Newport, South Wales, Wales|
Near Machen in Wales
|Coordinates||51°35′31″N 3°07′11″W / 51.591993°N 3.119780°WCoordinates: 51°35′31″N 3°07′11″W / 51.591993°N 3.119780°W|
Castell Meredydd, also called Castell Machen, was a castle in Gwynllwg, Wales in the 13th century, long since ruined.
The ruined castle, which is also called Machen, Maghay or Maghhay in historical documents, is in the community of Graig in the historic county of Monmouthshire and the modern authority of Newport. It has been described both as a timber castle and as a masonry castle. There are remains of masonry footings. The site is protected as a scheduled monument.
Castell Meredydd is set on a ledge on a south-facing hillside. The castle consisted of a round tower about 10 metres (33 ft) in diameter with walls about 2 metres (6 ft 7 in) thick, and another large building about 18 by 10 metres (59 by 33 ft) on two natural rocky mounds on the south side of an enclosure about 56 metres (184 ft) from east to west, and 30 to 56 metres (98 to 184 ft) from north to south. There was a latrine chute discharging from the tower keep down the cliff to the south. The knolls on which the keep and the hall stood are separated from the large bailey to the north by a ditch. The 60 metres (200 ft) square bailey was overlooked by higher ground to the north, and despite the wall and ditch was not well defended.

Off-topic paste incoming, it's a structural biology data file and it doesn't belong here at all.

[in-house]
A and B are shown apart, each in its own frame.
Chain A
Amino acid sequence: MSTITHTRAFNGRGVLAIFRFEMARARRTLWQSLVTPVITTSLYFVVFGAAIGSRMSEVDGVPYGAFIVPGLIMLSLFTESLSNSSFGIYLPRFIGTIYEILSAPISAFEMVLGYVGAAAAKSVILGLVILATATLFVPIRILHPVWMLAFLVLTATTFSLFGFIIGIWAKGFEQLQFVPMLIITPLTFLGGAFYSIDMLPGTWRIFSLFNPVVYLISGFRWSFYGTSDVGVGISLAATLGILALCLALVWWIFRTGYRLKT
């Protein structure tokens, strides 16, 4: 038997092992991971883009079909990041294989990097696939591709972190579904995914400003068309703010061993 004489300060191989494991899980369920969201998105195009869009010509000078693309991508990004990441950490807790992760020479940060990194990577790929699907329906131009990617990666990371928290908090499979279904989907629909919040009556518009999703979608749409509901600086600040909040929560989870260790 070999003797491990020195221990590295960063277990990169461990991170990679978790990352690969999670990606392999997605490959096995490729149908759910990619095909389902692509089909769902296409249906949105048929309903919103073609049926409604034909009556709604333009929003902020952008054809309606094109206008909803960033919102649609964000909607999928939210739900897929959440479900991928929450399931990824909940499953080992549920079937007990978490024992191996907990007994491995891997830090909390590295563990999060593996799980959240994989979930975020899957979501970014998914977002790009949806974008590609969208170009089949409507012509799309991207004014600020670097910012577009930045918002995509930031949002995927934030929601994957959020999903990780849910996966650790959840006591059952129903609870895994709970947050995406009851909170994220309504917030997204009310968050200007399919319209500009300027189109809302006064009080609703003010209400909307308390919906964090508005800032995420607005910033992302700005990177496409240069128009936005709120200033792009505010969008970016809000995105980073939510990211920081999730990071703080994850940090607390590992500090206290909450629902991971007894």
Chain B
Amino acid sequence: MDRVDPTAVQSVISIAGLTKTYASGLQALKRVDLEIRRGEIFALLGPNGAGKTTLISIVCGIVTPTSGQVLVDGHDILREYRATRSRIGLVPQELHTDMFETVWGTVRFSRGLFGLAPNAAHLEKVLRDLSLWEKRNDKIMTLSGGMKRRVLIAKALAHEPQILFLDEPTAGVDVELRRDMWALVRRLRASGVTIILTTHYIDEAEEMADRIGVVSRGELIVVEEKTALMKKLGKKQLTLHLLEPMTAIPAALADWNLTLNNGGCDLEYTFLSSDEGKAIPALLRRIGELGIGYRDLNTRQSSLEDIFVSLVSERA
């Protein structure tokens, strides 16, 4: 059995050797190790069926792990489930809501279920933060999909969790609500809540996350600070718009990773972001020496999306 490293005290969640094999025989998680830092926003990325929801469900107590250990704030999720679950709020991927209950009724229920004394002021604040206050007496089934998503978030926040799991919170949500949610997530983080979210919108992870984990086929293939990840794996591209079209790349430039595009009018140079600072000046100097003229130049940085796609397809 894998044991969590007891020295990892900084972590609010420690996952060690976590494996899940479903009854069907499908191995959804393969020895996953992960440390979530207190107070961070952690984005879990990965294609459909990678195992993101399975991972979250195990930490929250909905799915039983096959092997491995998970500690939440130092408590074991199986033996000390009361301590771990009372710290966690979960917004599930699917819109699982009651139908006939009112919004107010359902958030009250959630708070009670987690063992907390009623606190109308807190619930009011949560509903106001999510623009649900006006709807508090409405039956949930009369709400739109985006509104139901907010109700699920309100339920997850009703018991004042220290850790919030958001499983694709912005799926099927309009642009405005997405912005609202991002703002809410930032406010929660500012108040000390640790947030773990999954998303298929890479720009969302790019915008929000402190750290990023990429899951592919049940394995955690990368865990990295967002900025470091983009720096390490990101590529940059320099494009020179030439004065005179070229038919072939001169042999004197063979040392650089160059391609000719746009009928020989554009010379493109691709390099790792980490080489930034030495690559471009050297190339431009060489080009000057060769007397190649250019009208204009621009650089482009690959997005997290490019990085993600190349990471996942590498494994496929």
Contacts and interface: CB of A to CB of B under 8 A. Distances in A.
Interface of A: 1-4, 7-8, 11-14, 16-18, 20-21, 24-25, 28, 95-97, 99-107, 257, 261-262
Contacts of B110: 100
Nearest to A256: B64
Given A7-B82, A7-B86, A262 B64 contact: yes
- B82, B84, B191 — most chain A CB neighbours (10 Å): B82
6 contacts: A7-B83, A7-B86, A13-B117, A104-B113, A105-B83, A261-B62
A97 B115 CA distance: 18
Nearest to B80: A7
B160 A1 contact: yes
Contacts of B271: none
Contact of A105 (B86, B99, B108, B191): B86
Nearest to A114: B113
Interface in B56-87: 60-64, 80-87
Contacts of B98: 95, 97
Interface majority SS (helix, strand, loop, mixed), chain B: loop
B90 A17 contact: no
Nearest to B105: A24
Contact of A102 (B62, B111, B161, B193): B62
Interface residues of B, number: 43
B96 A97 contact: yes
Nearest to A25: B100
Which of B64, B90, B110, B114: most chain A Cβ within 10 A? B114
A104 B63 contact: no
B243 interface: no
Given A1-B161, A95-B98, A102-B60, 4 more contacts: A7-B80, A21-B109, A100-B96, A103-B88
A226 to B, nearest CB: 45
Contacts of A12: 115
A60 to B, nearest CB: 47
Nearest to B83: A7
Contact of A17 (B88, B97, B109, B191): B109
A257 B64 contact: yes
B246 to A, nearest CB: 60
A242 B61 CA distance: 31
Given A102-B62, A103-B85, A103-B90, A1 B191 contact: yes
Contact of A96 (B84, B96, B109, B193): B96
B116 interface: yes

The outcrop on which the castle stands was first fortified in the late 12th century by Meredydd Gethin. Morgan ap Hywel, who succeeded his father Hywel as Lord of Gwynllwg around 1215, lost Caerleon in October 1217 to the forces of William Marshal, 1st Earl of Pembroke (1146–1219), lord of Striguil. However, Morgan managed to retain Castell Machen for most of his life. Morgan strengthened it by the addition of a tower. He probably built the round tower, or keep, in 1217. Gilbert Marshal captured Castell Meredydd in 1236 during a truce between Llywelyn the Great and King Henry III of England. After Marshal took the castle he seems to have fortified it with a bailey and curtain wall. He was forced to return it to Morgan by the terms of the truce, or "for fear of the lord Llywelyn".
Morgan died not long before 15 March 1248. He was succeeded by his grandson Meredudd ap Gruffudd (died 1270), son of his daughter Gwerful and of Gryffudd ap Maredud, a grandson of Lord Rhys. Meredudd inherited the castle. Gilbert de Clare, 7th Earl of Gloucester and lord of Glamorgan, took the castle in 1266 when he overran Senghenydd. The castle is listed as property of the last earl in 1314, and then is no longer mentioned in the records.
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